Saturday, April 5, 2014

Driving Electric - Politely

Published in the Sun March 26, 2014

An electric car does not “fill up” as quickly as a gasoline car.  Gasoline is such an energy marvel.  You just pour into your tank and “Voila!” you can drive for hundreds of miles.  Of course, this convenience is the magic of fossil fuels and why we are so loathe to switch to alternative fuels.  A battery, on the other hand, takes some time to recharge, which is why recharging stations are not located at gas stations.  There is nothing to do at a gas station while your car charges, unless you really love fountain drinks, Ding-Dongs, and dirty restrooms.

Car charging stations are best located where people hang out for a while.  Georgetown was pretty smart about their charging stations.  There are a couple at the recreation center, one at the library, and two separate locations downtown.  (There needs to be one at Wolf Ranch as well, and at Southwestern.)

Every new technology develops an etiquette for its use, but sometimes that etiquette is slow to appear.  The etiquette for cell phones is still evolving, which you know if you have ever tried to talk to someone who is using his cell phone under the table, a situation which makes me want to grab the phone like a teacher confiscating a furtive note passed between students.  “Now Jeremy and Marissa, let’s share your little private conversation with all the other children.”

So what is proper etiquette for car charging stations?  It should go without saying that if you drive a gasoline car (yes even a hybrid), you should never park in a charging spot.  Even if you resent the concept of electric cars and believe from the bottom of your heart that God created parking places for pickup trucks, you should still never park in a charging spot.  Almost 96,000 electric vehicles were sold in the US in 2013, and more electric vehicles on the road means more people are looking for a charge.  Somebody might be arriving from another town and counting on that charging station for enough electrons to get home.  Round Rock Nissan sold 40 Leafs last year, practically in Georgetown’s backyard.  There are currently over 400 Tesla owners in Texas.   Leaf owners are rather mild-mannered and usually don’t react if you hog the electric parking spot, but you do not want to mess with someone who drives a Tesla.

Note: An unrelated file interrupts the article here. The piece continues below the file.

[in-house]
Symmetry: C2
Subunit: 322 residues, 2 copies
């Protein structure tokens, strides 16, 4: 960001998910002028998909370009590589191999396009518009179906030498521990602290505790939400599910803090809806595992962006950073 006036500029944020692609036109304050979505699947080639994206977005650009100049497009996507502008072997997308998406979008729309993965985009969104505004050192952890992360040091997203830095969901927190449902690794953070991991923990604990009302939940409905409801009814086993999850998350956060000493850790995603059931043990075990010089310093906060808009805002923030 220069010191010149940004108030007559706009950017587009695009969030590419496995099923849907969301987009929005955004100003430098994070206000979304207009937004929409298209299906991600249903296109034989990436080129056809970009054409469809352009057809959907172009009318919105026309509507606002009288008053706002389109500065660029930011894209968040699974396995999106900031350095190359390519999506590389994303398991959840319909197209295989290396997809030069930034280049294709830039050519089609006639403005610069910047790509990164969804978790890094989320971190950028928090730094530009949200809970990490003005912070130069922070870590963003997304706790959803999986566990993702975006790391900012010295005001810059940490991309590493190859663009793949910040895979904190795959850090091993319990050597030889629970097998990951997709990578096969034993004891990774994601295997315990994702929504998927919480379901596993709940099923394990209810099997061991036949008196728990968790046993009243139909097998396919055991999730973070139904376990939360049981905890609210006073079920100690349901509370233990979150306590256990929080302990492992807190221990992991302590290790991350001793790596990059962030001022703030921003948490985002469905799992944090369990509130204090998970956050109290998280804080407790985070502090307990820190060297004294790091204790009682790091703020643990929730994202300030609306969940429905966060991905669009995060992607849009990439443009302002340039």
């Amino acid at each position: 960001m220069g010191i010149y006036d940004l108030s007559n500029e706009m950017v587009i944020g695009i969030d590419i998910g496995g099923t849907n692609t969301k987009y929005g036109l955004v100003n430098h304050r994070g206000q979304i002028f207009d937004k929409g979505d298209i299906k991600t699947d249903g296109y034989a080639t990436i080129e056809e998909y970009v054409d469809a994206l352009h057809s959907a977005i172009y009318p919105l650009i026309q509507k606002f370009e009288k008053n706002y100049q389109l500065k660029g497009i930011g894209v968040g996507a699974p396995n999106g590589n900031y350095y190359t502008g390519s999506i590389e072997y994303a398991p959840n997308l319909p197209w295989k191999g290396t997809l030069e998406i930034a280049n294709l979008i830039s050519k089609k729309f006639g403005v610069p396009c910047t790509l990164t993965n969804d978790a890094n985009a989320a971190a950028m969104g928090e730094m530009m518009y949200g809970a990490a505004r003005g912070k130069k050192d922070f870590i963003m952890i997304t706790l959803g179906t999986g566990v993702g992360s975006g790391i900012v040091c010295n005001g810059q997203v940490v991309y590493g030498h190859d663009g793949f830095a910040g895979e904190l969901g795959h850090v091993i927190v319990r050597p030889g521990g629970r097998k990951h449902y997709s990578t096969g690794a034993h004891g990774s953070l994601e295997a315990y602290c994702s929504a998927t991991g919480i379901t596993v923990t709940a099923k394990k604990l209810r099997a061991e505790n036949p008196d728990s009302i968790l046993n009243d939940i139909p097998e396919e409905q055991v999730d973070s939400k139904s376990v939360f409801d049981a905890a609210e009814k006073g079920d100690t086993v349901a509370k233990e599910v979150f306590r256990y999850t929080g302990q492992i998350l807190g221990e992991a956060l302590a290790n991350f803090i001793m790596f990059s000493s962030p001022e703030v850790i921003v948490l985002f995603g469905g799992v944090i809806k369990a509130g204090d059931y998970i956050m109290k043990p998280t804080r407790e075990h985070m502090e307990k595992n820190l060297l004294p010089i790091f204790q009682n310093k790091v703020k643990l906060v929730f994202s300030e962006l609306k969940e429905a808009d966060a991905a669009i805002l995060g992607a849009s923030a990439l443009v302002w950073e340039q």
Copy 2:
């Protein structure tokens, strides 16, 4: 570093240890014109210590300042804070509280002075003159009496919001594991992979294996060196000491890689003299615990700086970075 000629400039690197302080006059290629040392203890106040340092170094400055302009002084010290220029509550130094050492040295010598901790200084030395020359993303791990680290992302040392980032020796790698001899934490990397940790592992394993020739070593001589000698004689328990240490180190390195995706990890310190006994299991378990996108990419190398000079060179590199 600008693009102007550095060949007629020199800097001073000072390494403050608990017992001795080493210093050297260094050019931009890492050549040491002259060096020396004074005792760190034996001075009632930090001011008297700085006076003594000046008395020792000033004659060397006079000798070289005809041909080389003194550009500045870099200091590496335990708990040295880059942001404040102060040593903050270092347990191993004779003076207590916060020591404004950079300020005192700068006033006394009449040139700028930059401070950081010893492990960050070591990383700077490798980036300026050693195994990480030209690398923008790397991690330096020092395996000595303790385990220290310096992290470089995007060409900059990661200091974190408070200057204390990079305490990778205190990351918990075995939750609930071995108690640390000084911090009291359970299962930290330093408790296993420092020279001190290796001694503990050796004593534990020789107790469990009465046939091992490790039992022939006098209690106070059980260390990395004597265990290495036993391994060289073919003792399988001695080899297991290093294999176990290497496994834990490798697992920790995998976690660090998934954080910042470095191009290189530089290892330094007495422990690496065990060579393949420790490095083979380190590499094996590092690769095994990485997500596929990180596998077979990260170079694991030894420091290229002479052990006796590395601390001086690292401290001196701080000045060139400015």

Last week I took my Leaf to the Arboretum.  I can make it back from the Arboretum on one charge, but charging allows for some extra side trips and a margin of error.  There is one charger with two designated parking spaces in the parking lot behind Barnes and Nobles.  A Leaf was hooked up to the charger but had finished charging, as indicated by the lights on the dashboard, a code that Leaf owners can easily recognize.  The second designated space was occupied by an SUV, in spite of the fact that the parking lot was virtually empty.  Let’s give the driver the benefit of the doubt and say that when he parked absolutely no other spaces were available, and he must have gone into the Cheesecake Factory whereupon he suffered a massive heart attack, and was even now lying prostrate in the ICU, his recovery hampered by extreme guilt over preventing me from charging my car.  I parked on the far side of the SUV, thinking that just maybe the cord would reach.  Touching somebody else’s car in a garage breaks some kind of modern automotive taboo, but the other Leaf was definitely finished charging, so I unplugged it, swiped my own Chargepoint card, and tried to stretch the cord past the heart attack victim’s SUV.  It was not to be.  The cord was about three feet too short.  I thought about leaving a note but decided that would not improve my karma, and besides, he had probably suffered enough already.

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